Making of a mentor
Paul R. Latshaw first learned about mentoring on a ship.
He’d joined the Navy as a teen, and got an eyeful about leadership from his superiors. “I found out during my combat days that if the ship goes down, we all go down,” says Latshaw, a 52-year member of GCSAA. “I’d be amazed at the morale. It was always better when you knew the rules, which went a long way in terms of production.”
His naval experience would eventually translate to being a mentor as a golf course superintendent. “I’m a firm believer that a superintendent is no better than the staff surrounding him. You build a team,” Latshaw says.
Matt Shaffer, who was mentored by Paul R. Latshaw, spent 15 years at Merion, during which time it hosted the 2013 U.S. Open. Photo by David Campli
Sam Green participated on that team as an assistant for Latshaw at Congressional Country Club in Bethesda, Md., and he recalls when a bunker renovation prior to the 1995 U.S. Senior Open there went awry. “We broke our trencher. He (Latshaw) came out, we hand-dug trenches in three bunkers, and he was right there digging with us,” says Green, now the chief operating officer of Aqua-Aid and a 23-year GCSAA member. “I learned work ethic from him. He didn’t lead by words — he led by example.”
Latshaw still visits superintendent Matt Morton at Riviera Country Club in Pacific Palisades, Calif., from time to time, occasions that Morton, a 17-year association member, welcomes. “It’s about execution. Game planning. Being able to see a goal and work toward it,” Morton says. “He always taught me how to have long-term goals. He has an orderly way about him — very structured. He nurtured so many careers, and I’m so appreciative to have a mentor like that in my life.”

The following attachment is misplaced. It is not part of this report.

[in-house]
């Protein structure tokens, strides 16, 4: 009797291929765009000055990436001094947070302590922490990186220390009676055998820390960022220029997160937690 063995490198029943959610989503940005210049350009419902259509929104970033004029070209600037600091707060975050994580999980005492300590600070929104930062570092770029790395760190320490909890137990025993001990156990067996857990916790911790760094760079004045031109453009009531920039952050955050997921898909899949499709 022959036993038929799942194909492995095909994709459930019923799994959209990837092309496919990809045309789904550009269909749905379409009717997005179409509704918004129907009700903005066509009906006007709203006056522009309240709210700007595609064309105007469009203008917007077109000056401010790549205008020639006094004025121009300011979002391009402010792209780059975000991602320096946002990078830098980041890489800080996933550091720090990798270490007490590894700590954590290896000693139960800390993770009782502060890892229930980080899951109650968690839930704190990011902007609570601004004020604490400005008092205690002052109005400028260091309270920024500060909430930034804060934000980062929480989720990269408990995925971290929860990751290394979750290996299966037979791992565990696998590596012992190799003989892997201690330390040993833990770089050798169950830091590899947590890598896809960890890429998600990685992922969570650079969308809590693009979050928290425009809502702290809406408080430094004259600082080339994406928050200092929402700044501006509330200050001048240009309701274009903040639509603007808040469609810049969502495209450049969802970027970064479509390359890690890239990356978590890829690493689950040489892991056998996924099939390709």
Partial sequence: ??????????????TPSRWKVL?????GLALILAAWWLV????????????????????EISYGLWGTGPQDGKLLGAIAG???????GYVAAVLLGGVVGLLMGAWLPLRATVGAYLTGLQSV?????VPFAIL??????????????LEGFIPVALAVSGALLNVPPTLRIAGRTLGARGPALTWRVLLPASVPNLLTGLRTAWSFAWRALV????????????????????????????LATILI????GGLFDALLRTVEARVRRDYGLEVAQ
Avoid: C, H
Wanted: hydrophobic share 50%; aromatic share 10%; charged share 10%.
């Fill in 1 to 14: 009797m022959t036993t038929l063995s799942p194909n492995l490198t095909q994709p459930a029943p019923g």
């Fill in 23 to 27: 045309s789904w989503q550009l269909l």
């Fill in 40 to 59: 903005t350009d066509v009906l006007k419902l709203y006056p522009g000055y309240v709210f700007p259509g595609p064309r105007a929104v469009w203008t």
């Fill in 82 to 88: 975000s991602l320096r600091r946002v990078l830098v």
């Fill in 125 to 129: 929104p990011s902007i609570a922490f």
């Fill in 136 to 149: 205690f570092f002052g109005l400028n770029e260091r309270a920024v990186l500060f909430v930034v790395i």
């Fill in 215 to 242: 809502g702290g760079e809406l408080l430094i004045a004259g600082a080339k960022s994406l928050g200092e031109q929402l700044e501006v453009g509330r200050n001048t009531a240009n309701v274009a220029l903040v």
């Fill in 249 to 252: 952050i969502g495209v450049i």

On Latshaw’s own list of mentors are people such as Robert Hancock, former president and green chairman at Country Club of Jackson (Mich.), where Latshaw became a superintendent for the first time in 1965. Fred Seitz, former club manager at Oakmont, where Latshaw was the superintendent for a decade, is also on that list. “He was a whiz with numbers. He showed me how to put together a budget,” Latshaw says of Seitz. “I learned things I didn’t know, which was important to my career.”
Latshaw didn’t have a manual or handbook for mentoring and leading his crew. “That’s not my style,” he says. His way was based on face time out in the field. “I wasn’t an office superintendent; I was on the course all the time,” Latshaw says. “You want to have people that want to do more, more and more, and you have to let them grow.”
A son rises
There is no question that Paul B. sees Paul R. as his mentor. Doubling as his mentor’s son, though, presented a challenge that wasn’t always so easy to navigate.